A New Horizon for Carnival
Last month, I flew to Barcelona, Spain to spend a week in the Mediterranean aboard Carnival Cruise Line’s brand-new Carnival Horizon.
A sister to 2016’s Carnival Vista, the 3,960-passenger Carnival Horizon had only been in service for just 13 days when I stepped aboard, after transiting Carnival’s swanky new Terminal E at the Port of Barcelona. I arrived early and enjoyed one of the best embarkation experiences I’ve ever had. Case in point: why not grab a coffee at the coffee shop located inside the terminal and then head out onto the second-floor terrace overlooking the harbour while you wait to embark?
I came to Barcelona with certain preconceived notions about Carnival Horizon. I expected a ship that was more or less identical to her predecessor, with a few added features here and there.
What I didn’t expect, however, was what greeted me when I stepped aboard: a ship that feels classier and more upmarket in so many ways, from the textured surfaces in the ship’s high-tech multi-storey atrium to the throwback callouts to the glory days of Joe Farcus and his eye-popping designs that characterized Carnival’s earlier ships.
A quick walk-though the ship before the muster drill confirmed my suspicions: Carnival Horizon has personality. It’s fun, sassy, upscale, and down-home all at the same time. And it should do a great job of speaking to the line’s diverse clientele, many of whom – on my rare Mediterranean sailing – hailed from North America, the UK and Europe, with the latter two groups being excited by the brief chance to sail with Carnival right in their own backyard.
Throughout the ship, Carnival has made adjustments big and small. My personal favorite innovations are the ones that aren’t getting any press, compared with the new Dr. Seuss Splash Park and Guy’s Pig & Anchor Bar-B-Que Smokehouse|Brewhouse
Hidden Gem No.1: the cool new Library Bar.
Past iterations of this space on other ships have been so quiet you could hear crickets, but this redesigned, relocated space performed much better on my Carnival Horizon cruise. A new lush décor scheme complements the self-serve wine station and the shelves of books and board games. The room is never going to compete with the likes of libraries found on Cunard or Viking but give Carnival credit where credit is due: most mainstream lines got rid of their libraries long ago.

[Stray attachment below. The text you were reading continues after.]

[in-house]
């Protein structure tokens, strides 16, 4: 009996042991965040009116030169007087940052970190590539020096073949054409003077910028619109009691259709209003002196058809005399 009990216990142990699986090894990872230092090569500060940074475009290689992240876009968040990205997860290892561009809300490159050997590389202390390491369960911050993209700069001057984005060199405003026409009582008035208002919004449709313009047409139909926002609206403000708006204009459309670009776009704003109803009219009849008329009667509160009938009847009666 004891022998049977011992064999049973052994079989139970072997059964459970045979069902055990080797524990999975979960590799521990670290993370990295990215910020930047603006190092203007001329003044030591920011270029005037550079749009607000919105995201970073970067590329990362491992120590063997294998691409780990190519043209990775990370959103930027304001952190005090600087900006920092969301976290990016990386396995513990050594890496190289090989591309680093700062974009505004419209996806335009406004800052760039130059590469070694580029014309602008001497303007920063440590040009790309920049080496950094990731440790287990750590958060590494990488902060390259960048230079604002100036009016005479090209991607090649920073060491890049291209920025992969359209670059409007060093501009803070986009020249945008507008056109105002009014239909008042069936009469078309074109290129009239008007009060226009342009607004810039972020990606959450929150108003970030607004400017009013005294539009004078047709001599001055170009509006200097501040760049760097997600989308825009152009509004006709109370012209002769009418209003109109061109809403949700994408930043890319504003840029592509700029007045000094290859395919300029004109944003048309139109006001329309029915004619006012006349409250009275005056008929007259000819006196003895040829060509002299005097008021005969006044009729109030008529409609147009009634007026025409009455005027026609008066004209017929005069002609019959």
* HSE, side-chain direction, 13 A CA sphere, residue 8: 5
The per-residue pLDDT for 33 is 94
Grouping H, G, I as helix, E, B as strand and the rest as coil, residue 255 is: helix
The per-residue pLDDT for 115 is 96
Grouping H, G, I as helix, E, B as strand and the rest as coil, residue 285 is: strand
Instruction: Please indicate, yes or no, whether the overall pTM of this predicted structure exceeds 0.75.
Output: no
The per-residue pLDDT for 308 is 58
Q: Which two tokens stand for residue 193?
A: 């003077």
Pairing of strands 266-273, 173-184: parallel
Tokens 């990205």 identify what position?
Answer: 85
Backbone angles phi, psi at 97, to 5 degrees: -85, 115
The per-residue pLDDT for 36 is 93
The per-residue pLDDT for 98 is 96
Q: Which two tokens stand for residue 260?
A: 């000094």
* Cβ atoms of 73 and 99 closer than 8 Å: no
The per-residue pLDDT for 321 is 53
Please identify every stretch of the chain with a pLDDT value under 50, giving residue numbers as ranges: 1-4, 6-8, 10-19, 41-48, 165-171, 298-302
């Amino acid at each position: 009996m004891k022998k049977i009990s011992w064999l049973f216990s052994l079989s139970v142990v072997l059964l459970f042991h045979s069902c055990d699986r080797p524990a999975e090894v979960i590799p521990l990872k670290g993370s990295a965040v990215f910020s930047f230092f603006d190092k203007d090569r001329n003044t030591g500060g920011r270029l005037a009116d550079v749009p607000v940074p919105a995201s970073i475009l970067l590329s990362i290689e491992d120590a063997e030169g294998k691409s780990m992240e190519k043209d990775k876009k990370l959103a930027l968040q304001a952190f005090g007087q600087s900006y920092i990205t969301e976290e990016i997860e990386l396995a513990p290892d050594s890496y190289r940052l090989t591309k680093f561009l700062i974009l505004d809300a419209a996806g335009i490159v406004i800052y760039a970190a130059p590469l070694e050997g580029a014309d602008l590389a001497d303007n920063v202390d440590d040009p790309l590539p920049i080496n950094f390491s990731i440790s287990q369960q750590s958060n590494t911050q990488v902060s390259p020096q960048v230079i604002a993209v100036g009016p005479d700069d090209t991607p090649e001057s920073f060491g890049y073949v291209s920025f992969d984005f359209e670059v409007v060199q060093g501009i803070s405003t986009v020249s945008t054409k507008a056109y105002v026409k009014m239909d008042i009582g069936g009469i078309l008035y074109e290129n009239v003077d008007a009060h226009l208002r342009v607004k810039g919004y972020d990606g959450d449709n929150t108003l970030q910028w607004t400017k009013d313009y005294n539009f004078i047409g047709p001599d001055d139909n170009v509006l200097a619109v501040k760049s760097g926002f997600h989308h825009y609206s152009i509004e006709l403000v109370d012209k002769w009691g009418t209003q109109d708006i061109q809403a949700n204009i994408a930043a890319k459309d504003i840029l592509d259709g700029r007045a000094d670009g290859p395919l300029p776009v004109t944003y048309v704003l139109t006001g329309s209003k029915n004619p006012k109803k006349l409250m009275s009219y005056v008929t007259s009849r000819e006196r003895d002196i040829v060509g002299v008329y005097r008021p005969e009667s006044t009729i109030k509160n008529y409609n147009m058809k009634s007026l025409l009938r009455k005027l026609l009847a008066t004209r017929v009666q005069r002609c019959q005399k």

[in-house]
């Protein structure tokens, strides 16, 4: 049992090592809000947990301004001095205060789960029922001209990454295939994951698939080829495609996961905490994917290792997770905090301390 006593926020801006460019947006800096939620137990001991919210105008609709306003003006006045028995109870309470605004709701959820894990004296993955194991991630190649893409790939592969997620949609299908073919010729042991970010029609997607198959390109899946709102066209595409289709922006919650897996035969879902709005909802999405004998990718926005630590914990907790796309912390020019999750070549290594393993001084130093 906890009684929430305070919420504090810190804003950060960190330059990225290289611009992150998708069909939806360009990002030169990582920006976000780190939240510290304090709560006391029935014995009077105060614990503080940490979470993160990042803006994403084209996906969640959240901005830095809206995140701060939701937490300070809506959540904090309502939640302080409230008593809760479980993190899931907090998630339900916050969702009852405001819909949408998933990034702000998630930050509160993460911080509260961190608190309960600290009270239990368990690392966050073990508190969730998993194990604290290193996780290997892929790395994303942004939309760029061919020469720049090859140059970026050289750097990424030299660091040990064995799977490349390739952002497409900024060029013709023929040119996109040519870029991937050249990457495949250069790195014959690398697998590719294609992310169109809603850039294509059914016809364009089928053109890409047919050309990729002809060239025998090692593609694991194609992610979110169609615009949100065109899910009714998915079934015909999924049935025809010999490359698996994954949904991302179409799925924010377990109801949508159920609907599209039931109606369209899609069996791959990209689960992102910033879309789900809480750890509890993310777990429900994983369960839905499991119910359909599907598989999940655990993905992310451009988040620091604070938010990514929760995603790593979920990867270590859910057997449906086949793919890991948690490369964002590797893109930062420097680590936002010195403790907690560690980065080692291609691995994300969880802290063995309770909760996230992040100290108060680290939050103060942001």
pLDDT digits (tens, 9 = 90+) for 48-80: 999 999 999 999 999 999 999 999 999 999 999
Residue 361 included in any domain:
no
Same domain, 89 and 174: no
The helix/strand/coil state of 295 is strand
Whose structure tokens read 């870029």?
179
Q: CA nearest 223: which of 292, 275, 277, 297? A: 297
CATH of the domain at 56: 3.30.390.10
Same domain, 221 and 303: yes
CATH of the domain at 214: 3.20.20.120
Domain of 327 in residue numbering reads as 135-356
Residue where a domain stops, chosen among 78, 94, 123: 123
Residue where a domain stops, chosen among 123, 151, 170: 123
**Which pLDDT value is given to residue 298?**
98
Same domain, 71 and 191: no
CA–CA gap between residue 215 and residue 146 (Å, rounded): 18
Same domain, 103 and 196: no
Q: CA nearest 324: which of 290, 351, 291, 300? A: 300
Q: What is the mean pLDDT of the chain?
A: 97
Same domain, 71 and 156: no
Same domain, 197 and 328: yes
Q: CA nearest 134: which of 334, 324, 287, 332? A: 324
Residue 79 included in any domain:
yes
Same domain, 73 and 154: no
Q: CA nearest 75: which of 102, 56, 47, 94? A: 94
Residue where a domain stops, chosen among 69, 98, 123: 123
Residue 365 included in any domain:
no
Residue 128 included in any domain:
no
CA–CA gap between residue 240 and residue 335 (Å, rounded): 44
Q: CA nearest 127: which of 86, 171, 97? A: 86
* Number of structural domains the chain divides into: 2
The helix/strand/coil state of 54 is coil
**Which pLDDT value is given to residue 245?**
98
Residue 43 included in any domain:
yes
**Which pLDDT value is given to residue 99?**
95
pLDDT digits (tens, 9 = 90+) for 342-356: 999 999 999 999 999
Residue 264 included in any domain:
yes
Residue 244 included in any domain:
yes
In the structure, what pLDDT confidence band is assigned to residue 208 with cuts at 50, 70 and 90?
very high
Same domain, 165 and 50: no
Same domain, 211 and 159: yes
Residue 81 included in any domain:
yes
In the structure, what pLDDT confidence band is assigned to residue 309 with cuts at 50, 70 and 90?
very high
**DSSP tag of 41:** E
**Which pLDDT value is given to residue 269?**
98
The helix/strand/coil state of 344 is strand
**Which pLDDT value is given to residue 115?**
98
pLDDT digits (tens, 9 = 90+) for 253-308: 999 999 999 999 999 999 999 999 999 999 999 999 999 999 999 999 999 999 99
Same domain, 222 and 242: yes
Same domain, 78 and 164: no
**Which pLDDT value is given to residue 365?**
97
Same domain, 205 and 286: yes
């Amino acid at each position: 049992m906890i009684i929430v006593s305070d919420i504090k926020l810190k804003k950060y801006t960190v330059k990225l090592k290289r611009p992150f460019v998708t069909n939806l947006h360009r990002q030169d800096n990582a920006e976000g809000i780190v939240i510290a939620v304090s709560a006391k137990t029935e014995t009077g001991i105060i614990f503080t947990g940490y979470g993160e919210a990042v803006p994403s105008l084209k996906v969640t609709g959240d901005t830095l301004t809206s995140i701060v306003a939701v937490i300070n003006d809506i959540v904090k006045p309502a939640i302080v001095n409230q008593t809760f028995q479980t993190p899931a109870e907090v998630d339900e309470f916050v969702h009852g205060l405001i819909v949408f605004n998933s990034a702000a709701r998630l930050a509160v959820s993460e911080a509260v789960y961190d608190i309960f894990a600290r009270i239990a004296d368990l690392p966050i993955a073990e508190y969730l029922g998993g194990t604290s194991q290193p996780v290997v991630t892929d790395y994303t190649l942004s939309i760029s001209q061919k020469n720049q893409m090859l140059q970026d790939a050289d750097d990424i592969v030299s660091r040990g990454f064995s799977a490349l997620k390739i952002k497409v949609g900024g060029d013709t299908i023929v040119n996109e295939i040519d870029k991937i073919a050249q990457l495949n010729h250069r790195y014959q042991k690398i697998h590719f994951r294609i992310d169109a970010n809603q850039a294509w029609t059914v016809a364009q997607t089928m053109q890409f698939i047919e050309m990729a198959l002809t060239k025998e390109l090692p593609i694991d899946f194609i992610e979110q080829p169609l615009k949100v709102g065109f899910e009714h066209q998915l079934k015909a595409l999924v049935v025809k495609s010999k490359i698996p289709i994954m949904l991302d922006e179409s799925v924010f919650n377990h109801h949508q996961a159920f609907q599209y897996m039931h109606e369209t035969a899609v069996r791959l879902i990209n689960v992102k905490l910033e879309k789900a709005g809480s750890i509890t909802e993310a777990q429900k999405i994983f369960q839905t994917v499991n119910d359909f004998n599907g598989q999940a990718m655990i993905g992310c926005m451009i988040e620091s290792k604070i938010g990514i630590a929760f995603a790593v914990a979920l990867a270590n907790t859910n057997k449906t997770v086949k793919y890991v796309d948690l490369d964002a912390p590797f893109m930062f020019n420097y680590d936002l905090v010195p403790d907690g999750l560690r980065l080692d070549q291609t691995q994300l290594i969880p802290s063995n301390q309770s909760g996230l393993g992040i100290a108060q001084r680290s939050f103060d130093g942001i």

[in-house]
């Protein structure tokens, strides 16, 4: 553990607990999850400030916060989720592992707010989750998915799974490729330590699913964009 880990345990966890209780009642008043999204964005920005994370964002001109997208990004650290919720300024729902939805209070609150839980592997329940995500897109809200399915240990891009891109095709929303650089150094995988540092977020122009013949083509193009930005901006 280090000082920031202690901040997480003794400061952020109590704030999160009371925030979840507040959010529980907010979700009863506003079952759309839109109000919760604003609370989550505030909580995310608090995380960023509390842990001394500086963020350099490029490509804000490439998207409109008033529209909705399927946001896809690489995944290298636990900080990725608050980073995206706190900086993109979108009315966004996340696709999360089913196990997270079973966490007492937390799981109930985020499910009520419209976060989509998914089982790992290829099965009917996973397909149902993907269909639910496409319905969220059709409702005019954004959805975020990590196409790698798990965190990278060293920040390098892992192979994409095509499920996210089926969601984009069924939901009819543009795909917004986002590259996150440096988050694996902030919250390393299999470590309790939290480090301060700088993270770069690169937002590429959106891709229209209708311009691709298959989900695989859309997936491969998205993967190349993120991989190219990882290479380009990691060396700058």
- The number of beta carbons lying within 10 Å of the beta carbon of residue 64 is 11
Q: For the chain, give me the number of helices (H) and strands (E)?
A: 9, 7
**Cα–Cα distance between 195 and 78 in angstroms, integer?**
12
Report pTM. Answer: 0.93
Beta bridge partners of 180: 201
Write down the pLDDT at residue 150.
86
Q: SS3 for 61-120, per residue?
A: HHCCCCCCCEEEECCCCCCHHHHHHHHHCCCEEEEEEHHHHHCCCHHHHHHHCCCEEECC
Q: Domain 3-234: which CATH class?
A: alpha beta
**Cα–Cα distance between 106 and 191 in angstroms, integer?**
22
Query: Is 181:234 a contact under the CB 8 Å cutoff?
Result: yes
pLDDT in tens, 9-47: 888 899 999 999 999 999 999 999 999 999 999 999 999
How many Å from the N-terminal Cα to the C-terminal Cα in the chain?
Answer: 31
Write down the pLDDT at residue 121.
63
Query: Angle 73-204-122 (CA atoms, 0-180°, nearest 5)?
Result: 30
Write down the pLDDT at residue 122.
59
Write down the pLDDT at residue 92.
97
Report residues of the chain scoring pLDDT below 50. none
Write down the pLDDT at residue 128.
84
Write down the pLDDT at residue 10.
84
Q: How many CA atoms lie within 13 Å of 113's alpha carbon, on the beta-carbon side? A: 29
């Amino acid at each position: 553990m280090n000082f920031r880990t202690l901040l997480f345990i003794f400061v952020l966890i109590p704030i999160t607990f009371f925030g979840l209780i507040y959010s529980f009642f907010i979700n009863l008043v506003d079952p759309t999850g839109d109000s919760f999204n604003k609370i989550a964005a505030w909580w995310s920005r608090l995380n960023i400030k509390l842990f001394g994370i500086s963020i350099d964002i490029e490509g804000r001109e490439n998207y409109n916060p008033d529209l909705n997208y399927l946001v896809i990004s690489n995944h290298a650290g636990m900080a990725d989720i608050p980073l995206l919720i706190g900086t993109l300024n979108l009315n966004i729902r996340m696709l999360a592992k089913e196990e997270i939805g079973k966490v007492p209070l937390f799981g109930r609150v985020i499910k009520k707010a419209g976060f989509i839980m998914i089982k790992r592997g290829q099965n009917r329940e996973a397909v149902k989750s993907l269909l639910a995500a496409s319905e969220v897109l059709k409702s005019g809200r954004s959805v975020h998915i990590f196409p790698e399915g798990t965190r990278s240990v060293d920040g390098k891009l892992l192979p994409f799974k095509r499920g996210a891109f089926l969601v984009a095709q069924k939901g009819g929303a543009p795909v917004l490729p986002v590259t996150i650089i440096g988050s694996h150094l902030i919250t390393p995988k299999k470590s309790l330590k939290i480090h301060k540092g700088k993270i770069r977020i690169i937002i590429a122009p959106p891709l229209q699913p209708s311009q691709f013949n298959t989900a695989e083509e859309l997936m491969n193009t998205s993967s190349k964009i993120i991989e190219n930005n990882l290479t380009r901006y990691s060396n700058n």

Hidden Gem No.2: the redesigned Piano Bar 88.
Now sporting crimson décor and a new location adjacent to the oh-so-savory Fahrenheit 555 Steakhouse. This relocation allowed Carnival to design a wall partition that slides open in the evening to allow diners to hear live evening piano music while they dine. Presumably, it also allows revelers in the Piano Bar to smell the delicious food that Fahrenheit is preparing for its patrons too.
But come 10pm, the wall partition is electronically shut, turning the Piano Bar back into the raucous, alcohol-fueled singalong that Carnival guests, including yours truly, have loved for years.
On any Carnival cruise, I always gravitate towards the Alchemy Bar, where mixologists whip up beverages on a made-to-order basis depending on your boozy likes and dislikes. On Carnival Horizon, however, I’ve found a new favorite hangout: Guy’s Pig & Anchor Bar-B-Que Smokehouse|Brewhouse. Which is a bit of a mouthful to say, so I’m going to shorten it down to “The Smokehouse.”
The Smokehouse offers up four separate craft beers brewed right onboard that run the gamut from Pale Ale to the delicious Smokehouse Porter. Carnival employs a full-time brewmaster (on our cruise, Brewmaster and Carnival head brewer Colin Presby) who oversees the malty concoctions, branded under Carnival’s own ParchedPig label.
It took me a while to realize that The Smokehouse aboard Ca